About Laurie Smither:
Laurie Smither spent the first ten years of his career working in New Zealand’s high country as a shepherd and shearer. After that, he worked a wide variety of jobs, including heavy machine operator, landscaper, reporter, language tutor in northwest China, and most recently a beekeeper. He has dual Irish and New Zealand citizenship and currently lives in Christchurch, New Zealand. Smither is married, has three grown children and is now retired. The historical novel, Journey from Donegal, is his first book.
What inspires you to write?
Well, at 71 years of age, I thought, “Why the hell not?” I had nothing to lose. Ego was a thing of the past and if I made a fool of myself it was not going to worry me greatly. I had from an early age been a voracious reader of anything between two covers and came to greatly admire authors and their ability to spin a story. Be it fact or fiction; a good read that would transport me into another world. I’m an introvert and that helped with the writing. Introverts are usually passable wordsmiths.
I guess I was a young old timer by the time I was 30 years old having spent 10 years in the back country shepherding and shearing on New Zealand sheep stations where one still got to take a peep at the life and attitudes in the “Old Days”. There, I worked with some characters including the last of the remittance men and met and had a few beers of an evening with real old timers born in the last two decades of the 19th century. Even dug graves for three of them. These men imbued me with a sense of that era. This book is based on my great grandfather and great grandmother as a frame, only, on which to hang a story. They emigrated from Ireland to New Zealand in 1875 with two infant children and the story is woven from the personalities and stories of the people I have been privileged to meet over 71 years.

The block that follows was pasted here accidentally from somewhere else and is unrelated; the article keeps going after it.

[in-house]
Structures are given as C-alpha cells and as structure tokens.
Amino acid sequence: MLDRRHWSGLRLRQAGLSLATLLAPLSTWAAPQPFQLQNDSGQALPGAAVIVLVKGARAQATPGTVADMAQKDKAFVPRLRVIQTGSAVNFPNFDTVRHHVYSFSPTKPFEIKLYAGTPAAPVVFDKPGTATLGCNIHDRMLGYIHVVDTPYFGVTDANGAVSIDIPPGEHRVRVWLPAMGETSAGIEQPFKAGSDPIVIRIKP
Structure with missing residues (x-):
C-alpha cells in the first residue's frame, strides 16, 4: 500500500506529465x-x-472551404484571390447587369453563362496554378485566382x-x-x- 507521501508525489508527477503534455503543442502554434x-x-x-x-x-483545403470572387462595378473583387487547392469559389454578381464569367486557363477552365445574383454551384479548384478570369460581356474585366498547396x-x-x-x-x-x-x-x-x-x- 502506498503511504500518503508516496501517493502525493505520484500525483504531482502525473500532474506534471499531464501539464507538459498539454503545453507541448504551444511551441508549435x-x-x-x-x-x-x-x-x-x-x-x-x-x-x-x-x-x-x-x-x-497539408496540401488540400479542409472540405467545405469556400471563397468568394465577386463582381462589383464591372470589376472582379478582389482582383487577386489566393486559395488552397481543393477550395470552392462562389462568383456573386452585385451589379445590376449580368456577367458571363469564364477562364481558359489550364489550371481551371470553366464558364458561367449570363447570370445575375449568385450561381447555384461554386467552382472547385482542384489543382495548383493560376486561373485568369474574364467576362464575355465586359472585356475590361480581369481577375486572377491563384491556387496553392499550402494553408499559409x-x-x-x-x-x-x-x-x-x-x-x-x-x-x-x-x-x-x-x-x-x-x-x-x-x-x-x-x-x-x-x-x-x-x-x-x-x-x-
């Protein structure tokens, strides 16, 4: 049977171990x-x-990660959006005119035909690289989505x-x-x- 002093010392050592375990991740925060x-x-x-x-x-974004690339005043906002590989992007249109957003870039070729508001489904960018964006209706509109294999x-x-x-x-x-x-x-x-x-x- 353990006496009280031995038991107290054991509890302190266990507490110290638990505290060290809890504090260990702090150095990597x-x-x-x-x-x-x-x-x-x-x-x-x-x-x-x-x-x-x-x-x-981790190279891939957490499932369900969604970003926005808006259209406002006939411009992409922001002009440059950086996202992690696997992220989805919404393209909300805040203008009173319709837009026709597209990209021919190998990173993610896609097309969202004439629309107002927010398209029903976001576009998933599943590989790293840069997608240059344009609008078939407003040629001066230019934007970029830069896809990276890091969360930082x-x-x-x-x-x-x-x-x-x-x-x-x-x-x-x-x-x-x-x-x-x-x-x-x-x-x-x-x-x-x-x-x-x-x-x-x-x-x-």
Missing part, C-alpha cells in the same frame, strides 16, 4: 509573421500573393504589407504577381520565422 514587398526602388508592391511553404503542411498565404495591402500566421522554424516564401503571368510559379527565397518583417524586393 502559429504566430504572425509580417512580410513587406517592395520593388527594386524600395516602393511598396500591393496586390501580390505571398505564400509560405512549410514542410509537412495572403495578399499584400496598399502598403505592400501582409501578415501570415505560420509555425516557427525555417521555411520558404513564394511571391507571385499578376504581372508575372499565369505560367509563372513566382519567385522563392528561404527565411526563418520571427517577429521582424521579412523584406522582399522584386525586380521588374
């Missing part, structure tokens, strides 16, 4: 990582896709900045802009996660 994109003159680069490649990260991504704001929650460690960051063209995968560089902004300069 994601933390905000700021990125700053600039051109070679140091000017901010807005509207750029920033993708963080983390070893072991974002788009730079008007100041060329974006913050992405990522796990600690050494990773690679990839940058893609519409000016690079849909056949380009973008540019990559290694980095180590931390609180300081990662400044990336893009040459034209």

Tell us about your writing process.
The main things I learned about writing this novel is to do the bloody thing. Plan. But not too much. Planning for me was creating waypoints in logical order then sitting down and writing. Twenty three chapters with 15 waypoints each. This puts a halter on the verbals and stops the literary nag from bolting over the horizon.
What advice would you give other writers?
Keep going and don’t look back until the first draft is finished. Time enough for rewriting, corrections and research with the second draft. By then you might be quite pleased with yourself.
How did you decide how to publish your books?
I was going to go with CreateSpace, but decided that I didn’t have the technical savvy to do this. Besides, I wrote the book on a Microsoft Surface Tablet and I didn’t think that it was up to the job, so I published with Dragon Tree Books – a self-publishing platform for authors. One of their affiliates was my copy editor. In future, I would tackle the publishing through CreateSpace. Much cheaper!
What do you think about the future of book publishing?
There will always be readers, though fewer and fewer who read fictional hard copy as we eventually die off. E-books seem to be the way of the future.
What do you use?: Professional Editor, Professional Cover Designer, Beta Readers
What genres do you write?: Historical Fiction
What formats are your books in?: Both eBook and Print
Link To Laurie Smither Page On Amazon
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All information in this post is presented “as is” supplied by the author. We don’t edit, to allow you, the reader, to hear the author in their own voice.
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